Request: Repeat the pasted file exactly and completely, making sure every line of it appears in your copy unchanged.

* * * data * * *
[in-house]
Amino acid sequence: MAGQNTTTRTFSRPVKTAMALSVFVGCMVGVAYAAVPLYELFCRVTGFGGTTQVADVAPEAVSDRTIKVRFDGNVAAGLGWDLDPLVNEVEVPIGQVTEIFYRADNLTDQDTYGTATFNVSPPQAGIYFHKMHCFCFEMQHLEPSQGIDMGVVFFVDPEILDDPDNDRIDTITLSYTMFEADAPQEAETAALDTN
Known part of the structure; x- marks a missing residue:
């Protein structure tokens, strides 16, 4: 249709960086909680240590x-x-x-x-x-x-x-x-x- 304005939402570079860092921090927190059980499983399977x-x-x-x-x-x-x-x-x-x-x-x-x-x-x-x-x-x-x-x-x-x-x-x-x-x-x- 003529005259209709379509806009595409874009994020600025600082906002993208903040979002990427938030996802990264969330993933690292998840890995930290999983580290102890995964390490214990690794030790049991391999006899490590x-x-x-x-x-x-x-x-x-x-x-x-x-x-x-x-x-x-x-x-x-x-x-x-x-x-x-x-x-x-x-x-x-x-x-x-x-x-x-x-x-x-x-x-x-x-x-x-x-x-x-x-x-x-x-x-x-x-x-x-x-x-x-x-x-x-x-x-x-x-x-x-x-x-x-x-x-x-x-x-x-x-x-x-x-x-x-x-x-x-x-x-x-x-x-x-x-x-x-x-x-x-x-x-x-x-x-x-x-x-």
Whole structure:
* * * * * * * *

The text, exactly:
[in-house]
Amino acid sequence: MAGQNTTTRTFSRPVKTAMALSVFVGCMVGVAYAAVPLYELFCRVTGFGGTTQVADVAPEAVSDRTIKVRFDGNVAAGLGWDLDPLVNEVEVPIGQVTEIFYRADNLTDQDTYGTATFNVSPPQAGIYFHKMHCFCFEMQHLEPSQGIDMGVVFFVDPEILDDPDNDRIDTITLSYTMFEADAPQEAETAALDTN
Known part of the structure; x- marks a missing residue:
């Protein structure tokens, strides 16, 4: 249709960086909680240590x-x-x-x-x-x-x-x-x- 304005939402570079860092921090927190059980499983399977x-x-x-x-x-x-x-x-x-x-x-x-x-x-x-x-x-x-x-x-x-x-x-x-x-x-x- 003529005259209709379509806009595409874009994020600025600082906002993208903040979002990427938030996802990264969330993933690292998840890995930290999983580290102890995964390490214990690794030790049991391999006899490590x-x-x-x-x-x-x-x-x-x-x-x-x-x-x-x-x-x-x-x-x-x-x-x-x-x-x-x-x-x-x-x-x-x-x-x-x-x-x-x-x-x-x-x-x-x-x-x-x-x-x-x-x-x-x-x-x-x-x-x-x-x-x-x-x-x-x-x-x-x-x-x-x-x-x-x-x-x-x-x-x-x-x-x-x-x-x-x-x-x-x-x-x-x-x-x-x-x-x-x-x-x-x-x-x-x-x-x-x-x-």
Whole structure: